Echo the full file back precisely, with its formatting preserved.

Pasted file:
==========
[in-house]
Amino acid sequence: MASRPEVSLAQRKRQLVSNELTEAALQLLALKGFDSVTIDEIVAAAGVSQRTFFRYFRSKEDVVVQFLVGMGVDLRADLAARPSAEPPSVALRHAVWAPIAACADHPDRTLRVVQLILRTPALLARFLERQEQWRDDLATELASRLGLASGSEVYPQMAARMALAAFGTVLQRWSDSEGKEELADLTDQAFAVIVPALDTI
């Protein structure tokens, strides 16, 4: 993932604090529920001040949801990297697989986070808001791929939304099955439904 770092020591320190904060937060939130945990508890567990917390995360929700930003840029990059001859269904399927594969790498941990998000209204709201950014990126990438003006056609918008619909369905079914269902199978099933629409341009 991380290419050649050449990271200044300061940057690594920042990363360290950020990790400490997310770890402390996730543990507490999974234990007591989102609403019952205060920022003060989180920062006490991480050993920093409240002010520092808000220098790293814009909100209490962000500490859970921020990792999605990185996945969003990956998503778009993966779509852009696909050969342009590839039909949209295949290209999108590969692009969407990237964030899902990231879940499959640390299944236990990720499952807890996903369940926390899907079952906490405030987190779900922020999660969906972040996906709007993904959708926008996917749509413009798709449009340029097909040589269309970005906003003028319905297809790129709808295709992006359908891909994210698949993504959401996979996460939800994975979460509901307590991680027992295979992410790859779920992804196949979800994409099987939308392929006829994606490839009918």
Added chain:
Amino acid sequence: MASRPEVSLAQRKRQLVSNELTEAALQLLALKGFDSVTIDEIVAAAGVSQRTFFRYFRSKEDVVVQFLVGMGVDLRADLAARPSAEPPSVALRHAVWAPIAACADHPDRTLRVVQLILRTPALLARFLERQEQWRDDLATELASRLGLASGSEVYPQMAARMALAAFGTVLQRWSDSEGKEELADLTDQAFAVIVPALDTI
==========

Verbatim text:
[in-house]
Amino acid sequence: MASRPEVSLAQRKRQLVSNELTEAALQLLALKGFDSVTIDEIVAAAGVSQRTFFRYFRSKEDVVVQFLVGMGVDLRADLAARPSAEPPSVALRHAVWAPIAACADHPDRTLRVVQLILRTPALLARFLERQEQWRDDLATELASRLGLASGSEVYPQMAARMALAAFGTVLQRWSDSEGKEELADLTDQAFAVIVPALDTI
């Protein structure tokens, strides 16, 4: 993932604090529920001040949801990297697989986070808001791929939304099955439904 770092020591320190904060937060939130945990508890567990917390995360929700930003840029990059001859269904399927594969790498941990998000209204709201950014990126990438003006056609918008619909369905079914269902199978099933629409341009 991380290419050649050449990271200044300061940057690594920042990363360290950020990790400490997310770890402390996730543990507490999974234990007591989102609403019952205060920022003060989180920062006490991480050993920093409240002010520092808000220098790293814009909100209490962000500490859970921020990792999605990185996945969003990956998503778009993966779509852009696909050969342009590839039909949209295949290209999108590969692009969407990237964030899902990231879940499959640390299944236990990720499952807890996903369940926390899907079952906490405030987190779900922020999660969906972040996906709007993904959708926008996917749509413009798709449009340029097909040589269309970005906003003028319905297809790129709808295709992006359908891909994210698949993504959401996979996460939800994975979460509901307590991680027992295979992410790859779920992804196949979800994409099987939308392929006829994606490839009918």
Added chain:
Amino acid sequence: MASRPEVSLAQRKRQLVSNELTEAALQLLALKGFDSVTIDEIVAAAGVSQRTFFRYFRSKEDVVVQFLVGMGVDLRADLAARPSAEPPSVALRHAVWAPIAACADHPDRTLRVVQLILRTPALLARFLERQEQWRDDLATELASRLGLASGSEVYPQMAARMALAAFGTVLQRWSDSEGKEELADLTDQAFAVIVPALDTI